Kyohei Inukai, Robert Brackman, and Portraits of American Tragedy

On view March 18–September 28, 2014

An Unblemished Mirror of Truth

This special installation brings together the work of New York–based portrait painters Kyohei Inukai (1886–1954) and Robert Brackman (1898–1980), both foreign-born artists who found great success painting high-society men and women before World War II. Commissioned portraits, their works were meant to celebrate their blue-blooded sitters through flattering and stylish depictions, but, as these portraits reveal, a life of wealth and privilege was not without its share of heartache and misery.

The display features the Mead Art Museum’s famed portraits of Charles A. and Anne Morrow Lindbergh and works by Kyohei Inukai from the collection of John and Miyoko Unno Davey, including a self-portrait of the artist and his monumental Javanese Coat (1932), neither of which has been displayed publicly for over fifty years.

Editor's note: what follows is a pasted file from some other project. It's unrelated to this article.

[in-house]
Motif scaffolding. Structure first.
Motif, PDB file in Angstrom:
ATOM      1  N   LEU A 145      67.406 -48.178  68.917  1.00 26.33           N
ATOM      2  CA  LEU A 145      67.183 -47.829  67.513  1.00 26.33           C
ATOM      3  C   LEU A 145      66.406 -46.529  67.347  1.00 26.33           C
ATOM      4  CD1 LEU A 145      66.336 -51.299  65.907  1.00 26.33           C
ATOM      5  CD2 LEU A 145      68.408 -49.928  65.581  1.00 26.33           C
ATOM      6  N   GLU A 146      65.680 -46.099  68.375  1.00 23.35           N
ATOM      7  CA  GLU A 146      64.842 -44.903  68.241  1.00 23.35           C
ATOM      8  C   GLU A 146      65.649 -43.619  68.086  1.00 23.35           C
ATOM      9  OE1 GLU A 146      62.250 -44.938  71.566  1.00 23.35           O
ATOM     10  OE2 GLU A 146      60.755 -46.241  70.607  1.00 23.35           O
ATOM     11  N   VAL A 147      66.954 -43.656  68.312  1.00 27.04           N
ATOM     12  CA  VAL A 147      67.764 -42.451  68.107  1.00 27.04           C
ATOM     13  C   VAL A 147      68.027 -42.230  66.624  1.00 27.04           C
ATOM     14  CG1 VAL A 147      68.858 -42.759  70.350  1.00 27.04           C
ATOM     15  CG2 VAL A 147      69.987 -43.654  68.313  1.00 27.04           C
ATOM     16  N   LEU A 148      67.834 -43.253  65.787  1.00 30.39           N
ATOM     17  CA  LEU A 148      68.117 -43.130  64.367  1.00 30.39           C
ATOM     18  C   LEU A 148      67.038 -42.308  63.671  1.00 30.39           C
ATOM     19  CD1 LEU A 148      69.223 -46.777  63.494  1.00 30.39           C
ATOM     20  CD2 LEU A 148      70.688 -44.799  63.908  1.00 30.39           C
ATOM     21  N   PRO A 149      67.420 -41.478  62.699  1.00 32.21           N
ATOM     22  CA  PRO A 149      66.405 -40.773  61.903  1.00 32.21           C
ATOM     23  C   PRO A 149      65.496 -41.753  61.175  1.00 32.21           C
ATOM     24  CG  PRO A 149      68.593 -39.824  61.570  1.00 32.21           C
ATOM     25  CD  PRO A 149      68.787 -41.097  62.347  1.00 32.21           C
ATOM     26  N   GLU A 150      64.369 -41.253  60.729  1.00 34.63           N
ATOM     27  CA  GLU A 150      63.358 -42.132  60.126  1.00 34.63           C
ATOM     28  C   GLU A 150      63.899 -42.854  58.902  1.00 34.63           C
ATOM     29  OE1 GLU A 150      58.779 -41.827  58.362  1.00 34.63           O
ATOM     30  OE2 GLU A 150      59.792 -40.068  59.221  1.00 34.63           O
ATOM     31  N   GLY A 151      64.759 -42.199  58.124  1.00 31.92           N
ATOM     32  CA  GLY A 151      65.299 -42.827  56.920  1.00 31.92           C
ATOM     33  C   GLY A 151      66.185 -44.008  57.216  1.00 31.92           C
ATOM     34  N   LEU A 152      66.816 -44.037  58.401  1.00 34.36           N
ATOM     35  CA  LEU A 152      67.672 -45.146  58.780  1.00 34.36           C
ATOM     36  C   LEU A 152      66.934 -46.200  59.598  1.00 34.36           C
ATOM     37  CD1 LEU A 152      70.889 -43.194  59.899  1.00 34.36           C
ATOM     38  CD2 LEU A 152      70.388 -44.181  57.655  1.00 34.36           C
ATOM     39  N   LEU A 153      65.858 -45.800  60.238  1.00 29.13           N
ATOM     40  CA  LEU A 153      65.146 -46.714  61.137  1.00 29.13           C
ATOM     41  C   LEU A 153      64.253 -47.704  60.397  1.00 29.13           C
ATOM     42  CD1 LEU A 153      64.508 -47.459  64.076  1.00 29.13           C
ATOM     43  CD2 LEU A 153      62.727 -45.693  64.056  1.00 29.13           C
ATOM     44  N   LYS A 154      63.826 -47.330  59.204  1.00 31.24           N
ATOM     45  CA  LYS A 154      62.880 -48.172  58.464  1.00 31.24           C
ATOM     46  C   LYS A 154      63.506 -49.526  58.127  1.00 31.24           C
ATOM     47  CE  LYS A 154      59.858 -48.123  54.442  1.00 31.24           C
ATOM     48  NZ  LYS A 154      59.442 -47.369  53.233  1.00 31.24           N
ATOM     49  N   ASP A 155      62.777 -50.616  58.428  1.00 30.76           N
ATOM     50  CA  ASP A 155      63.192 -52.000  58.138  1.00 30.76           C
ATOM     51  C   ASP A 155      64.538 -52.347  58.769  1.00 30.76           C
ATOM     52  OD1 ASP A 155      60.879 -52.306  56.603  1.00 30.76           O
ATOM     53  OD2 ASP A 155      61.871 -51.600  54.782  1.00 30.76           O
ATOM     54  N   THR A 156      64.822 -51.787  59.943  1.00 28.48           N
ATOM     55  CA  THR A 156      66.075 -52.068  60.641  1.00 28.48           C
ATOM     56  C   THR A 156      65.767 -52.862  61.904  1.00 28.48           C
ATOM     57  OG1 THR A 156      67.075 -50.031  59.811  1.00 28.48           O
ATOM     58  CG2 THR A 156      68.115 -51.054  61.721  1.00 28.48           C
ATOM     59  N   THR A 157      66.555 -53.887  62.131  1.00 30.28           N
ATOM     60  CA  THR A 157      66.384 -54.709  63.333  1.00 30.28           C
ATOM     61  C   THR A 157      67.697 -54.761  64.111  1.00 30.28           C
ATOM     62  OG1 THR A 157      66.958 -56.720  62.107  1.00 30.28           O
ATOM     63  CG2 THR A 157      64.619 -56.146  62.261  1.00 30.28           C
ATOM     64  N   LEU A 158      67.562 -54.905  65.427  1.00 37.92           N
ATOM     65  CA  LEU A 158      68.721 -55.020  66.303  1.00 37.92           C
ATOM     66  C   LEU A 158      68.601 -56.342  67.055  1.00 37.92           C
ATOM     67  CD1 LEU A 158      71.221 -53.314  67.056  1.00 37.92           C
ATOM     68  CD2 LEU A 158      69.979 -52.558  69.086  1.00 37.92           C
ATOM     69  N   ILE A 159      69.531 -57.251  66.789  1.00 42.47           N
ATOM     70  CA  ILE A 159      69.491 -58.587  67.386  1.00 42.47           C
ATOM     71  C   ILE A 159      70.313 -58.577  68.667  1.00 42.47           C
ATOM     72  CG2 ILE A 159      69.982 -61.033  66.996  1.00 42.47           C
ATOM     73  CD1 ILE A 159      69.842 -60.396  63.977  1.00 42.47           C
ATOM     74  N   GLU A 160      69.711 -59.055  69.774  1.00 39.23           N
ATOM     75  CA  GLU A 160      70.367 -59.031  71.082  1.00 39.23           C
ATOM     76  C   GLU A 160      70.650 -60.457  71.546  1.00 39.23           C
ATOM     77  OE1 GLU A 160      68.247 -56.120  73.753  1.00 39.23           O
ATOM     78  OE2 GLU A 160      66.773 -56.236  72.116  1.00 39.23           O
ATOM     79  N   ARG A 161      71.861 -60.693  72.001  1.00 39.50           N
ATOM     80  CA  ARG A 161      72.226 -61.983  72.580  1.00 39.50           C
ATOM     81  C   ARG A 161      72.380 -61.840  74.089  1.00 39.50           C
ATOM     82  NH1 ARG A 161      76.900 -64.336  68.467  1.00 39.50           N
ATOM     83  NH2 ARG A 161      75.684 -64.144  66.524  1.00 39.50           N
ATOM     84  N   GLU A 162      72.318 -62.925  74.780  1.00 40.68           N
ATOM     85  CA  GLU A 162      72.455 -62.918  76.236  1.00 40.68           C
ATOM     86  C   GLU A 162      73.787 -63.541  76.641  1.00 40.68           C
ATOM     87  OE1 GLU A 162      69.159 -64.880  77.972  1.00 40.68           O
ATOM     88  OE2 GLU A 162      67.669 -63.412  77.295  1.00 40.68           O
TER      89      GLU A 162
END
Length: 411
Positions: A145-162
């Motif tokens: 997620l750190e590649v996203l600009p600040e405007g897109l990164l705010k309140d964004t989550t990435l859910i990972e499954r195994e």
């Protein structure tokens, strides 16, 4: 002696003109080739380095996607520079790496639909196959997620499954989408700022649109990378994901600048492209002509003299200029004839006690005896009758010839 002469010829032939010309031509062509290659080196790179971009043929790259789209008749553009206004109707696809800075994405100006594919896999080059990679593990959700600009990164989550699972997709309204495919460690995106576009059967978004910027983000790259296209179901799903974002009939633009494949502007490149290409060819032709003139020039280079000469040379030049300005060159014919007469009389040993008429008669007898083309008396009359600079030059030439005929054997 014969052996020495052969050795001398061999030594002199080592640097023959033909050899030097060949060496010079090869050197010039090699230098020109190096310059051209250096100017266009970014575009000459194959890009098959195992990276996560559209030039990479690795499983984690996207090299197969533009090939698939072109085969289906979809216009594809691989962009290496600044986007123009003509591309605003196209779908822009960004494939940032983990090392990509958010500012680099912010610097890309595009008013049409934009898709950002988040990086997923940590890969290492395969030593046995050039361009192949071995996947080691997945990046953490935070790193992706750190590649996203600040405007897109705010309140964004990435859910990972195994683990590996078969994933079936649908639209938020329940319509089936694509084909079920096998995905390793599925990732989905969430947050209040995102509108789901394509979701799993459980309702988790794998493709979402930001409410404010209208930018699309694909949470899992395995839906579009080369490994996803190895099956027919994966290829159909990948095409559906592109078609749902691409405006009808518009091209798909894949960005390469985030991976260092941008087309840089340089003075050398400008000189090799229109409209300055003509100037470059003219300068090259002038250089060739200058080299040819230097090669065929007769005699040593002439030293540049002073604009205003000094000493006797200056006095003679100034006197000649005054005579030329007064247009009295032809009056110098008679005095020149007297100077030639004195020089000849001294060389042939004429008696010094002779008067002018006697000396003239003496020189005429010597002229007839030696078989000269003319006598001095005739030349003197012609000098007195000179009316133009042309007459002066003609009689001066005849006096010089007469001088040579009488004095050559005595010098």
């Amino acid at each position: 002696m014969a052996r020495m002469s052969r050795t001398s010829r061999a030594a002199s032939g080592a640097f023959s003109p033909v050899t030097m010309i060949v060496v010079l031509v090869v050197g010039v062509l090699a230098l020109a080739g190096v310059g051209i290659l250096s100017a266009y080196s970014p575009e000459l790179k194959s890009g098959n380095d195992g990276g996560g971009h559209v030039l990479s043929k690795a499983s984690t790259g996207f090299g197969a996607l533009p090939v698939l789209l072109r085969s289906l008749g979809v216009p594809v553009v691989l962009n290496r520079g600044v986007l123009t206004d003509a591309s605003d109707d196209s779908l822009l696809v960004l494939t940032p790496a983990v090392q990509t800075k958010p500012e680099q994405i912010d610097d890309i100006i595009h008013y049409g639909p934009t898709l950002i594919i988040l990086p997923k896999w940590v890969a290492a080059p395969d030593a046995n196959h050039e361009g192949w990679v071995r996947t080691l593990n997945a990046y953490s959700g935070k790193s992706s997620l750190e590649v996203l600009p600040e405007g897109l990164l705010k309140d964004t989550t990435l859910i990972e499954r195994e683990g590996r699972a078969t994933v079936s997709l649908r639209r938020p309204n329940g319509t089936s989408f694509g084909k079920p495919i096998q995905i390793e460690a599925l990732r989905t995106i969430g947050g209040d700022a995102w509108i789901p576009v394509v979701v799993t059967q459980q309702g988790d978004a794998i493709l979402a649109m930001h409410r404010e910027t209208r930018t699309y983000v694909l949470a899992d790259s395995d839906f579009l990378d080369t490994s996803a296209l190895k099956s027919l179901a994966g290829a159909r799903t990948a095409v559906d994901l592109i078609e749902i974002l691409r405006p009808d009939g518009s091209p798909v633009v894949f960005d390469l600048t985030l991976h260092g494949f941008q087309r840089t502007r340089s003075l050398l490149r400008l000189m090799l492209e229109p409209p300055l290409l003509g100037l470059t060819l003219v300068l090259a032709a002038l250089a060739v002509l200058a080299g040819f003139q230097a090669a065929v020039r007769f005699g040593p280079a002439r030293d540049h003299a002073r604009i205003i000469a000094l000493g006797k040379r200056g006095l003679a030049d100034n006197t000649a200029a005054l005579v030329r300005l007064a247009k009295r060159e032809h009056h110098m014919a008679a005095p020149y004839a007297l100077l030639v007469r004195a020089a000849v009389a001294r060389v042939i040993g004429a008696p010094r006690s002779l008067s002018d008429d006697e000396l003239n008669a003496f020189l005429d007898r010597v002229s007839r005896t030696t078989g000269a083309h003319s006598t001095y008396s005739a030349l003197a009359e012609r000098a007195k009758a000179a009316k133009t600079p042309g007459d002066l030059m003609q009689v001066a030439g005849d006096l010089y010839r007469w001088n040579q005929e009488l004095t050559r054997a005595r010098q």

On Friday, April 11, at 6:00 p.m., Bradley Bailey, the E. Rhodes and Leona B. Carpenter Postdoctoral Curatorial Teaching Fellow in Japanese Prints, will give a gallery talk about the exhibition, followed by a reception. The event is free and open to the public.

Made possible with generous support from the Amherst Art Series and the Hall and Kate Peterson Fund.